Each year in the US, tens of thousands needlessly suffer, are hospitalized, and even die as a result of vaccine-preventable diseases. According to the Centers for Disease Control and Prevention (CDC), influenza (flu) vaccination prevented 7.2 million influenza-associated illnesses and 90,000 hospitalizations last season. And while flu is unpredictable and every season is different, vaccination is the best way to prevent it.
Not only can these diseases make you very sick, they can also be spread to others. Some of the people you may come in contact with while celebrating the holiday season are especially vulnerable, including infants, older adults, and those with weakened immune systems (e.g., those undergoing cancer treatments). When you get vaccinated to protect your own health, you are also helping to protect your loved ones.
There are a lot of bad gifts you can give this holiday season – fruitcake, socks, and tacky ties among them – but the worst ‘gift’ would be an infection like flu or pneumococcal disease. Instead, give the gift of health by making sure you’re up-to-date on vaccinations to protect yourself and those around you. For more information about which vaccines you need, visit www.adultvaccination.org/vaccines.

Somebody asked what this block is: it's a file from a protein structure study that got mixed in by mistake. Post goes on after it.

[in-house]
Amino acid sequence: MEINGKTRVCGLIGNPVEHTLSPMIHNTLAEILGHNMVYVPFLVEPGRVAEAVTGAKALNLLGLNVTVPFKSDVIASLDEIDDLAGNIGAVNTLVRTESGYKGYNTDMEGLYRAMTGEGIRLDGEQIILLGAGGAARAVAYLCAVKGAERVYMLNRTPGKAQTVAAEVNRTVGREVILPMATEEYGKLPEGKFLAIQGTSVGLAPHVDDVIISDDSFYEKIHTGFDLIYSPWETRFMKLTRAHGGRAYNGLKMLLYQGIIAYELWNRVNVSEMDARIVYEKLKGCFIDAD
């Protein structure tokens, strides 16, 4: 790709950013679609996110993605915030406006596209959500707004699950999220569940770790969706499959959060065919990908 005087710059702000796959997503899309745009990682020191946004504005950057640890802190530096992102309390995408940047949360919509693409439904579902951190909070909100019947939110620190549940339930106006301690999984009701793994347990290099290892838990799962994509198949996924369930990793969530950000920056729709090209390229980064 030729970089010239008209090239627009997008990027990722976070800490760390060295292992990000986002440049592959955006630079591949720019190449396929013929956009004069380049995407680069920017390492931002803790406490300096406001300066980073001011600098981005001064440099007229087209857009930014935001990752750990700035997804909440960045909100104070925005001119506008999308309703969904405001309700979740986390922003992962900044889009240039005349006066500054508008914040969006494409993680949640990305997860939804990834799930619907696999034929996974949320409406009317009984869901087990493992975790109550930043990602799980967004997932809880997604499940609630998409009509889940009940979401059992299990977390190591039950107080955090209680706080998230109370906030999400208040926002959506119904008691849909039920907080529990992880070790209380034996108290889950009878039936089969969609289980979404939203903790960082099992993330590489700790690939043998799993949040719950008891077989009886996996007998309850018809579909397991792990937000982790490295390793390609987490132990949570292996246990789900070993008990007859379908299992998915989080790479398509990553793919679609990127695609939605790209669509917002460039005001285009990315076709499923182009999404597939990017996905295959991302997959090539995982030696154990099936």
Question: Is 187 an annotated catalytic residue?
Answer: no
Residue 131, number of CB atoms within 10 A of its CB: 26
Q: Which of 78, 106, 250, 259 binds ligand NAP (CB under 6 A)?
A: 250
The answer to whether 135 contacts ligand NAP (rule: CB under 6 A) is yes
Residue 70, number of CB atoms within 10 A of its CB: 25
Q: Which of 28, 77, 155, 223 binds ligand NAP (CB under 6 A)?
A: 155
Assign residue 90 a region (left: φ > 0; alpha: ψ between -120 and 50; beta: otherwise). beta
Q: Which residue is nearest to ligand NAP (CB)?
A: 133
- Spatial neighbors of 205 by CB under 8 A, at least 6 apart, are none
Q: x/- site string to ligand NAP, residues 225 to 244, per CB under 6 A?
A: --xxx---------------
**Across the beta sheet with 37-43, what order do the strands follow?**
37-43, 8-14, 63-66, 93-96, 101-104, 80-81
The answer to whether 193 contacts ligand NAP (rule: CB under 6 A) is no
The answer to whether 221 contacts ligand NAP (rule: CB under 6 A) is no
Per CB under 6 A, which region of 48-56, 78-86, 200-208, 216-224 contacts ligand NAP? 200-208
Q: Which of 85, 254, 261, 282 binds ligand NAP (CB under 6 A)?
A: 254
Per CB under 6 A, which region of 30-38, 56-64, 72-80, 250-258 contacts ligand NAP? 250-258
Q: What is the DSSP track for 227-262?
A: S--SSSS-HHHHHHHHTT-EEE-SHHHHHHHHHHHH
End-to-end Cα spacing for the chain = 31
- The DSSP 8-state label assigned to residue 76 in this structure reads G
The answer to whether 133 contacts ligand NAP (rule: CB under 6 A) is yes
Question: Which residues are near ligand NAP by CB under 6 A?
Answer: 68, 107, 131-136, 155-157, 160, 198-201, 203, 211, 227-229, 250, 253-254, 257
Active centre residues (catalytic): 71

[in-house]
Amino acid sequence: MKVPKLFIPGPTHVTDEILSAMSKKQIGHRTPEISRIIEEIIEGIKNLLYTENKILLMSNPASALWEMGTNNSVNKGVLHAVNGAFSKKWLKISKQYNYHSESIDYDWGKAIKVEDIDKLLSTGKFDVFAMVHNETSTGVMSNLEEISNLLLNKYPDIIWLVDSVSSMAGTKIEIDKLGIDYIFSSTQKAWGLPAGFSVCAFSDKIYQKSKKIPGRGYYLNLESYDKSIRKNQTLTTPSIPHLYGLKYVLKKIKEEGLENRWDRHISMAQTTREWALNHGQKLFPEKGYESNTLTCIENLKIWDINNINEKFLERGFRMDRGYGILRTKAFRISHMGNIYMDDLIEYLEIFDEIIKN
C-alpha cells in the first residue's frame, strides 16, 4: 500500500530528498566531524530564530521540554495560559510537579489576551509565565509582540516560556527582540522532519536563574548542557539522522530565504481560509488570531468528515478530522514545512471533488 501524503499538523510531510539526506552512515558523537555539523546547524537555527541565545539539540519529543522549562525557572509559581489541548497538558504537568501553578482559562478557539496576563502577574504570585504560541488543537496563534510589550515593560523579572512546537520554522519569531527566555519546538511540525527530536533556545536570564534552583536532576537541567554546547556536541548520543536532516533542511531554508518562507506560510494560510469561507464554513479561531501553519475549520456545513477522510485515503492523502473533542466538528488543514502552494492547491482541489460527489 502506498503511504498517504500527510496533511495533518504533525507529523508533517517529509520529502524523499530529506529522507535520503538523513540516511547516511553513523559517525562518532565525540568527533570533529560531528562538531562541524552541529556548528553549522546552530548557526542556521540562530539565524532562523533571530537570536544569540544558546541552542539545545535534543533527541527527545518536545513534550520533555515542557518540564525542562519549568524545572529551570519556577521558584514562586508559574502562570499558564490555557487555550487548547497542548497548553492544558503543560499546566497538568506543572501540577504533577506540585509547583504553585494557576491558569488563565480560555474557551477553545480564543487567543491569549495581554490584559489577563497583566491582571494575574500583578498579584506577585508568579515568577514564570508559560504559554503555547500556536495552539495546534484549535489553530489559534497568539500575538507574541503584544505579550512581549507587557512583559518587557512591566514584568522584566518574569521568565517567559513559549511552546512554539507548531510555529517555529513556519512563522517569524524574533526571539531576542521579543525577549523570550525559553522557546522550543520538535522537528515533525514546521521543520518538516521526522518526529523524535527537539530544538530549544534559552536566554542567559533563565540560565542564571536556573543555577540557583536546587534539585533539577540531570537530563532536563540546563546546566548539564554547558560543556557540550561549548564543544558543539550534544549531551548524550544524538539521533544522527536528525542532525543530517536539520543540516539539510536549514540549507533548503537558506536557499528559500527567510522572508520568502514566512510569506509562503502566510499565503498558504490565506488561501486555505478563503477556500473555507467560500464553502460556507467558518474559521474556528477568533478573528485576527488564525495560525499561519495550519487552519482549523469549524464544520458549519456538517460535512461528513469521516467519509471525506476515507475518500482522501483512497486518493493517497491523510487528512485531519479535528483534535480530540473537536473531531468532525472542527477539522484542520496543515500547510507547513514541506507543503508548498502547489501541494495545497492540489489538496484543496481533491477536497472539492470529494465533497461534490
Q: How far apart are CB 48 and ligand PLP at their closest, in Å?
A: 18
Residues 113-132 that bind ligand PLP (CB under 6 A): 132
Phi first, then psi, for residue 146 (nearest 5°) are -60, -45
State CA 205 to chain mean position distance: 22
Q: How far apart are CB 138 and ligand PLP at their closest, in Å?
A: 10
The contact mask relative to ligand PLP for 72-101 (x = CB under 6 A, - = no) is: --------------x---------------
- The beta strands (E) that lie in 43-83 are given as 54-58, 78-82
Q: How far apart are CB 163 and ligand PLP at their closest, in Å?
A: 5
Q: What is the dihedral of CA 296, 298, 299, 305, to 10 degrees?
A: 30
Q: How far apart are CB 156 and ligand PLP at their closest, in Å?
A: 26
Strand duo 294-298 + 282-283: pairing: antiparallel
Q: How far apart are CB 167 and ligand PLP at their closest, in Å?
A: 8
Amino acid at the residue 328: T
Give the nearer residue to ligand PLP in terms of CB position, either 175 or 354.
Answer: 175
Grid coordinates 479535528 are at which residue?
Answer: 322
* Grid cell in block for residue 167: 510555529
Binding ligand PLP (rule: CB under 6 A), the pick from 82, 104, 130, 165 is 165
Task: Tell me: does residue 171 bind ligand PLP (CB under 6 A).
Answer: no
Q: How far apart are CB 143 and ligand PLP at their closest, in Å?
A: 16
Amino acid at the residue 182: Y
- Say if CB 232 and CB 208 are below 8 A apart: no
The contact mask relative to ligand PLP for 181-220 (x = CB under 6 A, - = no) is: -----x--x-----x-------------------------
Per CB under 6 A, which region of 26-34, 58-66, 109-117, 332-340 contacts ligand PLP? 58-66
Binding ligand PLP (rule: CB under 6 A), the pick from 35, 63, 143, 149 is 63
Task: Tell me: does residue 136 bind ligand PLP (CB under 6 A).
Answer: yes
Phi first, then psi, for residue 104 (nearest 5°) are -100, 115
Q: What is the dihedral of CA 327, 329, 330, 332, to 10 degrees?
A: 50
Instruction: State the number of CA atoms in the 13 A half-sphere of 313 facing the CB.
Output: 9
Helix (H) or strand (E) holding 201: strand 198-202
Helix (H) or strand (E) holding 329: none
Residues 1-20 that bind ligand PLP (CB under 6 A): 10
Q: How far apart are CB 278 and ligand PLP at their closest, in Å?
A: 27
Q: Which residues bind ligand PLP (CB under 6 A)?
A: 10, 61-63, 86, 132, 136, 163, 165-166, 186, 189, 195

You can also help by spreading the word (about the importance of vaccination) throughout the season, using the NFID Gift of Health holiday visuals. Don’t forget to tag your friends and family to remind them to get vaccinated so that all they are spreading is holiday cheer!
Leading national experts at the 2023 National Foundation for Infectious Diseases (NFID) Annual News Conference: Preventing Disease this Fall and Winter emphasized the importance of vaccination to help prevent disease and protect public health …
The NFID Flu Bugs encouraged everyone age 6 months and older to get an annual flu vaccine at the 9th Annual Flu Awareness Night with the Washington Nationals